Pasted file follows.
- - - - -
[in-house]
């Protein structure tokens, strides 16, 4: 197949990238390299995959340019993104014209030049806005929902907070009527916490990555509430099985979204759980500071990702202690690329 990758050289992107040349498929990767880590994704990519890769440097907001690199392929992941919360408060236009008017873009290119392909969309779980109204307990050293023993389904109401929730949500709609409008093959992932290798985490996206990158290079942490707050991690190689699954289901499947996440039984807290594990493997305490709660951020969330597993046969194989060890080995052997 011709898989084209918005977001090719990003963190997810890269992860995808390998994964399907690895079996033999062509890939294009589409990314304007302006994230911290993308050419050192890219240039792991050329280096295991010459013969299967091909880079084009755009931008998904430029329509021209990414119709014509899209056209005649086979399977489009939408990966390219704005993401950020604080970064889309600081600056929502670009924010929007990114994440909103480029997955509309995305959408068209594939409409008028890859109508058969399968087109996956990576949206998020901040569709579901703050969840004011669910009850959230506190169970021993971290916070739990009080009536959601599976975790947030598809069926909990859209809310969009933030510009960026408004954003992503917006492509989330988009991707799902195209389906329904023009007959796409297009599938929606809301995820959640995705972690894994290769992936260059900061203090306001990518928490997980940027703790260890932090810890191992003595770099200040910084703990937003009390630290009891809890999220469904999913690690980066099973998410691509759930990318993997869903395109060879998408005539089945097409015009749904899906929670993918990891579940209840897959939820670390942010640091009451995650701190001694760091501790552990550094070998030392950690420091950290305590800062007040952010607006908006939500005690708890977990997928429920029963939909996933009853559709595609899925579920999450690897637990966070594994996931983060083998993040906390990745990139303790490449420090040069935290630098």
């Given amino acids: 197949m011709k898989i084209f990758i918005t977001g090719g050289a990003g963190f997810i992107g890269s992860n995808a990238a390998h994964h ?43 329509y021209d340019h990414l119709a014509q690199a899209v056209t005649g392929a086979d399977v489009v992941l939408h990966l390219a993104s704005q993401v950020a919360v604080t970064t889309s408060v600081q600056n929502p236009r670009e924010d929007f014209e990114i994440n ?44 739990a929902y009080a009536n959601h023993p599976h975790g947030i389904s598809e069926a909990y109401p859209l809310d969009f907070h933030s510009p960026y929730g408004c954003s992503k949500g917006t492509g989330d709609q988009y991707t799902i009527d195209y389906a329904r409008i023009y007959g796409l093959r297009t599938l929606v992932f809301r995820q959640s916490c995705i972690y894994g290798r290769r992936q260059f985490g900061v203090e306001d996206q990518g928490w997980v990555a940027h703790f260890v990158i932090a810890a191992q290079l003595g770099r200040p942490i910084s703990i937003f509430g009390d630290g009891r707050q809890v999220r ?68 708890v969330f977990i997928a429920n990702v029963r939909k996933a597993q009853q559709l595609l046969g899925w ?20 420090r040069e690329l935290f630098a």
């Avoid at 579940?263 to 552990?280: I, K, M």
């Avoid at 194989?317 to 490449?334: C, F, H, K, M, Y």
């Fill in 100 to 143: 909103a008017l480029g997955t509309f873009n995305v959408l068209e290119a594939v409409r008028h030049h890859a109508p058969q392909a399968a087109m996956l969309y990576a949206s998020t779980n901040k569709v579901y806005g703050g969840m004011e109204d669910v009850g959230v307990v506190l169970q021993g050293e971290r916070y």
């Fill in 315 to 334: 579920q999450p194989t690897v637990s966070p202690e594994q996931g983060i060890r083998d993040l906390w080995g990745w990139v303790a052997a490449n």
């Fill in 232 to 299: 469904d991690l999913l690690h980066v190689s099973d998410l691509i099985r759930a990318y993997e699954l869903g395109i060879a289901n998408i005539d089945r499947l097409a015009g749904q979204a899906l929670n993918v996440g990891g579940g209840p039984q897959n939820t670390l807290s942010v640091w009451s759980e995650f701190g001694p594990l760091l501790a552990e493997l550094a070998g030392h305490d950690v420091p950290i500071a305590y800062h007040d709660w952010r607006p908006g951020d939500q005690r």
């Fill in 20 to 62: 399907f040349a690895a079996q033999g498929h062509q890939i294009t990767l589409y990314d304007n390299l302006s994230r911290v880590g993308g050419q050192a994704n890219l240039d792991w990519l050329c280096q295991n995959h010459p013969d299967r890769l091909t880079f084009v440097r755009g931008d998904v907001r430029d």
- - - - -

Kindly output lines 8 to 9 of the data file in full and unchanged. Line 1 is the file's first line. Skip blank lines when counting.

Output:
């Fill in 232 to 299: 469904d991690l999913l690690h980066v190689s099973d998410l691509i099985r759930a990318y993997e699954l869903g395109i060879a289901n998408i005539d089945r499947l097409a015009g749904q979204a899906l929670n993918v996440g990891g579940g209840p039984q897959n939820t670390l807290s942010v640091w009451s759980e995650f701190g001694p594990l760091l501790a552990e493997l550094a070998g030392h305490d950690v420091p950290i500071a305590y800062h007040d709660w952010r607006p908006g951020d939500q005690r």
């Fill in 20 to 62: 399907f040349a690895a079996q033999g498929h062509q890939i294009t990767l589409y990314d304007n390299l302006s994230r911290v880590g993308g050419q050192a994704n890219l240039d792991w990519l050329c280096q295991n995959h010459p013969d299967r890769l091909t880079f084009v440097r755009g931008d998904v907001r430029d």